Spectre of deleveraging haunts central Europe
Fresh fears emerged on Friday that emerging Europe faces a protracted credit drought as foreign banks retrench to their home markets
Deleveraging is crimping credit throughout central and eastern Europe as foreign owned banks that make up the bulk of domestic financial sector retrench to their home markets, bankers and economists have warned.
Marek Belka, governor of the Polish central bank, took a side-swipe at banks headquartered in developed markets that have been reducing credit. Its not clear that theres too much debt in central europe, he said in a speech to the EBRD.
The business of banks here has been very profitable and successful so theres no obvious reason why deleveraging should be focused here.
Belka, a former top IMF official, added that debt as the key ingredient in economic growth models going forward is now a defunct model: The previous model of debt-driven growth is a matter of the past. That is, in my opinion, is the most challenging task we are facing.
Erik Berglof, chief economist at the EBRD said the withdrawal of funding continued to be a major worry although it has been taking place at a slower pace than last year.
Thomas Maier, managing director of infrastructure at the EBRD, added: We are in an almost perfect storm where you have a banking sector that has to deleverage.
Sviatoslav Didenko, head of international business at Kreditprombank in Kiev, said that while banks needed to bring assets into equilibrium, deleveraging was more dangerous in countries where the banking models are particularly reliant on foreign funding.
A home bias has already materialized in some countries, he noted. Parent bank repairs, however much needed, should not hurt the economies of the host countries, he said. More and more foreign banks are pulling out of Ukraine and confidence in the country is falling all the time, he noted.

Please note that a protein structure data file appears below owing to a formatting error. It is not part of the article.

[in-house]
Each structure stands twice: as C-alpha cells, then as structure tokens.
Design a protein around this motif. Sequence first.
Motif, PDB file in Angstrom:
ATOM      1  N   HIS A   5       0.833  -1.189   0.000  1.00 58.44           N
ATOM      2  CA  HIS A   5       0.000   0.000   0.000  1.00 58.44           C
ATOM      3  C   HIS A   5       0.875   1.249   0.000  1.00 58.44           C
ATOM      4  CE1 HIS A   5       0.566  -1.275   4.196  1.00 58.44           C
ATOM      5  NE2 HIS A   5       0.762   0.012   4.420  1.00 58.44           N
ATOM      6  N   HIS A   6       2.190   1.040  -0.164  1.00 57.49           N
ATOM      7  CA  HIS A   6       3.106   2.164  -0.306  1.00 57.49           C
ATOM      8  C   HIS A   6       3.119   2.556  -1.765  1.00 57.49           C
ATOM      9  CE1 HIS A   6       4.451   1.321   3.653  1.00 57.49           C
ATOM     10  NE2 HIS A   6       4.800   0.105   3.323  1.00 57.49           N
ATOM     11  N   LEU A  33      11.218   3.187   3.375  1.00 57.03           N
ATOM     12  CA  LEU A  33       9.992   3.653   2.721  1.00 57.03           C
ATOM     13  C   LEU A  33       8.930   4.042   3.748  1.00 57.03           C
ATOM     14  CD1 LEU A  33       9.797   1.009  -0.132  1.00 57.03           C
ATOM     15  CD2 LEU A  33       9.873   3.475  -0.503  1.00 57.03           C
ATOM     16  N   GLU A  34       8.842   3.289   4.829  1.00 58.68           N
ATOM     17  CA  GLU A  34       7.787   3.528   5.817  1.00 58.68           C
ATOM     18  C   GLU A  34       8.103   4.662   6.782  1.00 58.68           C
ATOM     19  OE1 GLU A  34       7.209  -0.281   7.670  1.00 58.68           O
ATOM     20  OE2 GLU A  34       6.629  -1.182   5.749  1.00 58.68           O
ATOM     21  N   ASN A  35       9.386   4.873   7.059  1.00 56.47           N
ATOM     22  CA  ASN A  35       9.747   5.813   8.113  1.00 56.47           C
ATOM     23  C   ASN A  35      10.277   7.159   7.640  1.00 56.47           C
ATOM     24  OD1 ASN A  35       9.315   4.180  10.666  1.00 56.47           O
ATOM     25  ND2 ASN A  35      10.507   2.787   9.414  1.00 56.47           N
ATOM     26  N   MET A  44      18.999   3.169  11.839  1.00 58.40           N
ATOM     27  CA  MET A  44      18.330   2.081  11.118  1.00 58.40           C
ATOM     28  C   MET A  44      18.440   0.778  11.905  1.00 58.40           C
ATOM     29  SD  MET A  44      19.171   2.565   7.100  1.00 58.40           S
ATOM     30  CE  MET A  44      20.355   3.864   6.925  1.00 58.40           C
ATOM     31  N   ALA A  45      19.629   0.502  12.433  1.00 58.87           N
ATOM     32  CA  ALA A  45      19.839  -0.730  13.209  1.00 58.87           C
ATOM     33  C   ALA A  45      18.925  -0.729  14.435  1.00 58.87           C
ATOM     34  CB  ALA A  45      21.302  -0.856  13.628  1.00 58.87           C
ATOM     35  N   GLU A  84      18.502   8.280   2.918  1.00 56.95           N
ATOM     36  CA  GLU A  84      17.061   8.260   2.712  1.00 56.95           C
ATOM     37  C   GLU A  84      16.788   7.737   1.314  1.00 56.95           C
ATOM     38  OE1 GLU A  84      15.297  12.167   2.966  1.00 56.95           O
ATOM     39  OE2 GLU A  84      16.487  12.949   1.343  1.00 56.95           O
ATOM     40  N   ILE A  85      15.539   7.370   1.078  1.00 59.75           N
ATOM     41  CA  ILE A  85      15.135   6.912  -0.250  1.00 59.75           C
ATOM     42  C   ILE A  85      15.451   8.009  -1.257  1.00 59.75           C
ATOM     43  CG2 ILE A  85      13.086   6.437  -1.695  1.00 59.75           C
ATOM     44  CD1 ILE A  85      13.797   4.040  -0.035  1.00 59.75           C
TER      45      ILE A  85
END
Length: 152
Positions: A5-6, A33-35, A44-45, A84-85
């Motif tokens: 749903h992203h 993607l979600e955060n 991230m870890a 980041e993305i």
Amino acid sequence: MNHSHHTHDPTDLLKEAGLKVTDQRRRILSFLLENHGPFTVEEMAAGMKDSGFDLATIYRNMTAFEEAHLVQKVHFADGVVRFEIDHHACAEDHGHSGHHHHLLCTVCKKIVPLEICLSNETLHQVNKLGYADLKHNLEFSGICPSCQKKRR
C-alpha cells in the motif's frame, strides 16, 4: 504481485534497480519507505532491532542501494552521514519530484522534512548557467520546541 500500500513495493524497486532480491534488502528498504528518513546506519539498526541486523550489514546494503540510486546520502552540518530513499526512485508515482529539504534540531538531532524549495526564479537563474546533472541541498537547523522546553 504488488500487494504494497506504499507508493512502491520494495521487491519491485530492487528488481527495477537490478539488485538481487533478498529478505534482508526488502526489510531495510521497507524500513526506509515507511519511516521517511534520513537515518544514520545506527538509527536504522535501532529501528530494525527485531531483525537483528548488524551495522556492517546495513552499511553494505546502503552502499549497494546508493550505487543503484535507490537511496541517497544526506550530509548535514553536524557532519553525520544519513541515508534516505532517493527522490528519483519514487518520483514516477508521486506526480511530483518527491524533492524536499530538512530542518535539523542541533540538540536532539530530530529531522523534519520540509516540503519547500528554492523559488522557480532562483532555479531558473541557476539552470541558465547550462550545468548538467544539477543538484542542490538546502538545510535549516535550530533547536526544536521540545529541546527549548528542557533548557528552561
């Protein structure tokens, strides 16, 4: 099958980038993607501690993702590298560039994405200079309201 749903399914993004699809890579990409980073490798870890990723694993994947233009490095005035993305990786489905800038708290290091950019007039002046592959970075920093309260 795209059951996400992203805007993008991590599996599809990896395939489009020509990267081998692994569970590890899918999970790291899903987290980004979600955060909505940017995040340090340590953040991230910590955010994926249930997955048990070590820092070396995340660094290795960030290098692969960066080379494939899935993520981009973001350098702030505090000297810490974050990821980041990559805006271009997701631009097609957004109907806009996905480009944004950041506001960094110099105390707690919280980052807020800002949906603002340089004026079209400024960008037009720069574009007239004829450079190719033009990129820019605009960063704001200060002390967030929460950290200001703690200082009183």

Belka said: If problems arising in the relationship home-host countries are not solved in a cooperative spirit, they will pose a serious risk to financial integration in the EU.
Host countries may pursue policies that are not in line with the principles of the Single Market, he warned. He pointed to the Vienna 2.0 process as a cooperative solution.
Belka added that the inter-connectedness of financial markets means developing cross-border supervision was key to solving the financial crisis and more needed to be done. Attempts to introduce a cross-border dimension into the supervisory system go in the right direction, but are of a partial nature and as such cannot probably function smoothly, he noted. He cautioned that some of the Basel III proposals could disproportionately impact the expansion of credit in emerging markets.
As banks worry about deleveraging, a possible Greek exit from the eurozone could hit banks especially hard in south-east Europe where Greek ownership accounts for a high percentage of assets.
Romanian, Bulgarian and Serbian authorities are concerned and communicating with Greek authorities regularly, said Berglof. The IMF might need to support these countries if there were additional problems, he noted.